Can Google Earnings (Nasdaq: GOOG) Push Stock to $1,000 a Share?

Google earnings for the second quarter come out after the bell today - with most analysts expecting a strong quarter.

Google Inc. (Nasdaq: GOOG) is expected to report Q2 earnings of $10.78 per share on revenue of $14.45 billion. That compares with a $10.12 EPS profit on revenue of $9.61 billion in the same quarter a year ago, according to analysts polled by Reuters.

Google has become the tech darling among analysts disenchanted by Apple Inc. (Nasdaq: AAPL) and not at all impressed with Facebook Inc. (Nasdaq: FB).

In fact, Money Morning tech specialist Michael A. Robinson told Money Morning members on July 9 how Google stock is poised to gain roughly 50% by the end of 2015, after a stellar two-year run of 70% gains.

Monday, GOOG hit a high of $928. Shares are up 30% year-to-date, compared to the Standard & Poor's 500 Index gain of about 18%. Giddy investors are hoping Q2 numbers will be great enough to propel the stock over the $1,000 per share threshold.

However, even if investors don't get $1,000 a share, they just might get a stock split. Earlier this year, the Mountain View, CA-based company reached a legal settlement allowing it to split its stock for the first time ever.

A Surprise in Google Earnings?

While the Wall Street consensus is for Google to show a 4% decline in cost-per-clicks, in line with historical charts that show seven consecutive quarters of decreasing click prices, that figure is likely to come in higher-much higher.

Looking for Google to post better-than-expected numbers in this crucial segment are two "in-the-know" firms: The Search Agency, the largest independent paid search company in the U.S., and Adobe's digital marketing division, reports Venture Beat.

For the first time in two years, costs per click at Google are going up, not down, data from the two sources reveal.

Figures from The Search Agency show an 8.3% year-over-year increase and whopping 21.2 jump quarter-over-quarter. Adobe's numbers are a bit more modest with a 6% increase in the last quarter and a projected 5%-10% increase for the current quarter.

But the trend is the same - up.

Three Things to Look for in Google Earnings

With all the positivity surrounding Google, it's easy to overlook the details. Following are three things that will impact Google's present and future bottom-line.

  • Ad Revenue

Google continues to dominate the Internet and mobile ad market. In 2012, the Internet search giant collected $4.61 billion in mobile ad revenue worldwide, or more than half of the $8.8 billion mobile ad market. It also bagged nearly one-third of all digital ad spending, according to eMarketer.

This year, the company's share of global mobile ad spending is anticipated to grow from 52% to 56%, hitting $8.84 billion.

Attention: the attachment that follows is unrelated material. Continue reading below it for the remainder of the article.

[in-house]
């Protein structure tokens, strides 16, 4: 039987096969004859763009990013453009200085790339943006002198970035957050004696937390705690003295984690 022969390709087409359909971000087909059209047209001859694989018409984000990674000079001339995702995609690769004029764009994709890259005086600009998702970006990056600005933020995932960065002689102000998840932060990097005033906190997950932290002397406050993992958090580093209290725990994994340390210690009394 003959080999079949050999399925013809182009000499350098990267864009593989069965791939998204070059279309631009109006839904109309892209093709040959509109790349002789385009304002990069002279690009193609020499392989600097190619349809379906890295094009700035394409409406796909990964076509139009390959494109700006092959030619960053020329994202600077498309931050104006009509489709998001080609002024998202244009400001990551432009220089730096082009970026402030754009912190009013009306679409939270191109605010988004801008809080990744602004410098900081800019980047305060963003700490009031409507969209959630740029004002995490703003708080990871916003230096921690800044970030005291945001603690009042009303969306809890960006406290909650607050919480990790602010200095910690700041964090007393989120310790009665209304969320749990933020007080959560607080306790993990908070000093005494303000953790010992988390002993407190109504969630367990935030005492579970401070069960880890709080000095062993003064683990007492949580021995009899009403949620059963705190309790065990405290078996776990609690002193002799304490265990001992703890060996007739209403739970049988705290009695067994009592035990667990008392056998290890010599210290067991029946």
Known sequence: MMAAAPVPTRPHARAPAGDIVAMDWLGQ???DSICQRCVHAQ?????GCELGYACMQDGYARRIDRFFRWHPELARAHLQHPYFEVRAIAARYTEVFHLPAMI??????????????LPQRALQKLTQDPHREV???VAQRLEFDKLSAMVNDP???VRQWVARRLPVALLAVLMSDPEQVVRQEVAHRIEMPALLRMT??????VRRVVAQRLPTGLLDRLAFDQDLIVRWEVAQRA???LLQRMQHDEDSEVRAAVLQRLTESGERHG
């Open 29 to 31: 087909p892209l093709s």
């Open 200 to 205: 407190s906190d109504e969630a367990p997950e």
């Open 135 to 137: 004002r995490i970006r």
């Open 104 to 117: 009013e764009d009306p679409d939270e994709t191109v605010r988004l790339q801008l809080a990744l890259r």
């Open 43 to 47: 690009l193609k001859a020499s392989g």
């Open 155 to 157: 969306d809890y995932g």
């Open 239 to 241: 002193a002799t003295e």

Google has been bringing in more revenue by holding on to its dominance of Internet search and online advertising, as well as through the distribution of its Android software.

While Google gives away Android to device makers, the operating system highlights Google's search engine and other services. This gives Google's other products such as Gmail, YouTube and Google Maps a prominent foothold in people's everyday lives even as they spend more time on mobile devices and less on PCs.

Powering more than 900 million devices worldwide, Android is the mobile market leader.

  • Google Glass

Enthusiasm for Google's new cutting-edge device, Google Glass, has also lifted shares.

Glass, worn on a user's head like a pair of eye-glasses, works similar to an Internet-connected computer. A small display screen is located above the right eye, and features information and imagery retrieved from the Internet. Video and pictures can also be taken hands-free.

Some 10,000 people paid $1,500 apiece for an early test version. So far, reviews have been favorable. Glass is expected to be released to the general public next year.

While consumers will be intrigued by the product, the major impact will be on commercial areas.

"Just think of how more efficient doctors and nurses could be if they had computers inside their glasses," Robinson told Money Morning members earlier this month. "Ditto for delivery personnel or for people working in logistics and supply chain management, from ports to remote rail terminals."

  • Motorola Mobility

About 14 months ago, Google purchased cellphone maker Motorola Mobility for $12.5 billion.

Since then, the acquisition has posted losses of nearly $1.4 billion. In attempts to stop the bleeding, Google has been reducing headcount and slashing costs at Motorola Mobility.

In the works is a new pipeline of phones, including a highly anticipated model dubbed Moto X.

Reports that the overall smartphone market has reached maturation and saturation has hurt rivals like Apple and Samsung. Motorola sold about 2.3 million smartphones in Q1 of 2013, a mere 1% of the global market, IDC data shows. But Google has high hopes for its new mobile phones.

The Wall Street Journal reports Google will spend upwards of $500 million to market the hugely-hyped Moto X. All four major U.S. carries are expected to make the device available to clamoring customers.

The phone, assembled in the U.S., retails for $199 with a wireless contract, or $599 or more without.

All these reasons for future profitability are part of why Robinson calls Google "The Only Tech Stock You'll Ever Need" - check out his full GOOG profile here...

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